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Make it a (Virtual) Reality: The Lord of the Rings

You are drenched, exhausted and, above all, terrified. Following the long journey to Helm’s Deep, you now find yourself standing on top of its walls, being beaten by the rain as an impossibly large army of Uruk Hai begins to mindlessly cry for blood. The sea of degenerates stretches out further than the eye can see, and you know that the battle won’t be over until every last one of them has been dealt with. Your hands grip the hilt of your sword a little tighter as the enemy’s pounding feet take charge. It’s time to go to war.

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There have been countless attempts to bring The Lord of the Rings franchise to videogames with mixed results at best. And while reviews for the upcoming Middle-Earth: Shadow of Mordor point towards it being the most successful entry in the franchise yet, we’re yet to see the epic battles of the books and movies effectively translated into a playable experience. Perhaps with the rise of virtual reality (VR) technology, we might see that wish come true.

The scene described above is just one of the many sights from J.R.R. Tolkien’s universe would come to life in VR. Ever since Peter Jackson’s film trilogy redefined modern cinema fans have been clamouring to get an experience that brings them closer to the gritty battles and fantastically realised worlds. Imagine watching rocks fly over you as you stand at the highest level of the city of Minas Tirith, or darting through the ruins of Osgiliath as Ring Wraiths seek you out. It would be possible to undertake the lengthy quest to destroy the Ring of Power all the way from The Shire to Mordor, with players walking every step as one of the fellowship.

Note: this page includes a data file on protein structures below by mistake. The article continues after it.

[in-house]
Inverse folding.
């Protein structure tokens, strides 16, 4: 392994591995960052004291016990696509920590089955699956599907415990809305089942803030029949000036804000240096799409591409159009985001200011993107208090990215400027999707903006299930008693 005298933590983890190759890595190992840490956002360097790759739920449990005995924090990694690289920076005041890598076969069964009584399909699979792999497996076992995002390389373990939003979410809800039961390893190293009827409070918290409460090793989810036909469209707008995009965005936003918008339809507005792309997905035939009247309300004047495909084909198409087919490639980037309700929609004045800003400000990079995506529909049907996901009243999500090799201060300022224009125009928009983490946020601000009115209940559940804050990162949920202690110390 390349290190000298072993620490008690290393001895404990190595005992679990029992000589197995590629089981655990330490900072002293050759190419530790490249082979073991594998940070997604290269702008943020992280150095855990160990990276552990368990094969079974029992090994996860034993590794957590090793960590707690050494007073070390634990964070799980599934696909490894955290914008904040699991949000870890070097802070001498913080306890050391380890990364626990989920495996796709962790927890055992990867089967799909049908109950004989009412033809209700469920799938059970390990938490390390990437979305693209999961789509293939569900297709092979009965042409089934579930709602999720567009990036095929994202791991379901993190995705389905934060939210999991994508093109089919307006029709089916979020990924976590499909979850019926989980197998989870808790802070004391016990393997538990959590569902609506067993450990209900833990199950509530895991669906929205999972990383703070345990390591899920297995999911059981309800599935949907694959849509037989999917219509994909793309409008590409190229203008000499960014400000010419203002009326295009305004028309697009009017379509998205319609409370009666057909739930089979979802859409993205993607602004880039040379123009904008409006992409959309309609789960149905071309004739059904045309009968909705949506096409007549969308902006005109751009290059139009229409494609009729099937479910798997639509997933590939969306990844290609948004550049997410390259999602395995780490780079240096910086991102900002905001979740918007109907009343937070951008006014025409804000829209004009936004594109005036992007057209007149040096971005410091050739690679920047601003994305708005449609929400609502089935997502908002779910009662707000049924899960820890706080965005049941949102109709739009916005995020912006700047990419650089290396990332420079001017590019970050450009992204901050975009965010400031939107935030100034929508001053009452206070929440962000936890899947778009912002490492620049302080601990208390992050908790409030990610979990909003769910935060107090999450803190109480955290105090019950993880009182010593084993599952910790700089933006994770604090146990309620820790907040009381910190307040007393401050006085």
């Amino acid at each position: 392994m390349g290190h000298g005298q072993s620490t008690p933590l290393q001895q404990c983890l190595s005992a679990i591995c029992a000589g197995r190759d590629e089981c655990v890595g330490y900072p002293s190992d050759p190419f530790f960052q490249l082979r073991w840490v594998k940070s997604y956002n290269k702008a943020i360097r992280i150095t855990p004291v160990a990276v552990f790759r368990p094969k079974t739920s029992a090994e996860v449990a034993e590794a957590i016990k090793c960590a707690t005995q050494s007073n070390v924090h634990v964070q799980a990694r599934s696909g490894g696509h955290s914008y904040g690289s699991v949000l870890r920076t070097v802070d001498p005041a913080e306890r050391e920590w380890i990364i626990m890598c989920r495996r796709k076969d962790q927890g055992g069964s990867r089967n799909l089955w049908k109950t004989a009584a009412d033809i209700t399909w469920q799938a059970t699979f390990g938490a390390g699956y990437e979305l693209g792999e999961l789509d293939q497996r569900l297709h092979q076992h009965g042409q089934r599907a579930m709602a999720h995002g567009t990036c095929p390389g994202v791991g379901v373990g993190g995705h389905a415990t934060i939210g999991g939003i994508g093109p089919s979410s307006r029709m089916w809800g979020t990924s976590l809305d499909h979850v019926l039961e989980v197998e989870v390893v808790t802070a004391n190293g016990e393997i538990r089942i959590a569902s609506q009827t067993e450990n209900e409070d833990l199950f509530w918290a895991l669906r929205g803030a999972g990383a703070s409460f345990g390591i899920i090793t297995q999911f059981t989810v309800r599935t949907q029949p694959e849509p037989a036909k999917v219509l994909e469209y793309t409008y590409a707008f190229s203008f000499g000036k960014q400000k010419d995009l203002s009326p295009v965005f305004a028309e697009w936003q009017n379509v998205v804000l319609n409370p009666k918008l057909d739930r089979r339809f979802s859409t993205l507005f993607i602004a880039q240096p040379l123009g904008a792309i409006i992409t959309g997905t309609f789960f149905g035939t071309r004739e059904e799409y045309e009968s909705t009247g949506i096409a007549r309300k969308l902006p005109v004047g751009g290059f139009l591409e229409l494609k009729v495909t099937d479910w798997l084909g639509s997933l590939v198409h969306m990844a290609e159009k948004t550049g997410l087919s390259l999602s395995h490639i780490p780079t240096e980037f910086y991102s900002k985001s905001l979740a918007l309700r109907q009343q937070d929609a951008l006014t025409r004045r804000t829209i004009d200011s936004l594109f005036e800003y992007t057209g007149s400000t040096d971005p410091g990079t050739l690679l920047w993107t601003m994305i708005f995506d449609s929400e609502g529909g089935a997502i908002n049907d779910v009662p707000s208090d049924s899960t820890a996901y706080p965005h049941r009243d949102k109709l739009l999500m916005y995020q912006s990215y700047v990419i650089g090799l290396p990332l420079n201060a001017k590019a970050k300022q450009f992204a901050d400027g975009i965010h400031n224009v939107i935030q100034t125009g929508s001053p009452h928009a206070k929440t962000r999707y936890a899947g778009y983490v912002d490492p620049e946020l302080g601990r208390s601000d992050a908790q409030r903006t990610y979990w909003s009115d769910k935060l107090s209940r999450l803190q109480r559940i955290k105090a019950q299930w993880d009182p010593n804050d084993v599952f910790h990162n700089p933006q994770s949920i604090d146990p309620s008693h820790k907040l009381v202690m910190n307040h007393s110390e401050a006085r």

Much of the series’ combat could be conveyed through motion controllers, which would feel especially empowering when wildly waving a sword through an unending pack of Orcs. And whether it’s Legolas’ bow, Gimli’s axe or Gandalf’s staff, these weapons could all be effectively replicated using one or two of the same controller such as a Sixense STEM device. Issues arrive with translating movement, although these are the same problems that every VR title faces going forward.

VR offers the opportunity to step into different worlds. Simply put, there are few places we’d rather visit than Middle-Earth. It’s the definitive fantasy setting, and to be able to exist within its ancient halls, impossible landscapes and legendary cities would be to many the perfect application of the technology.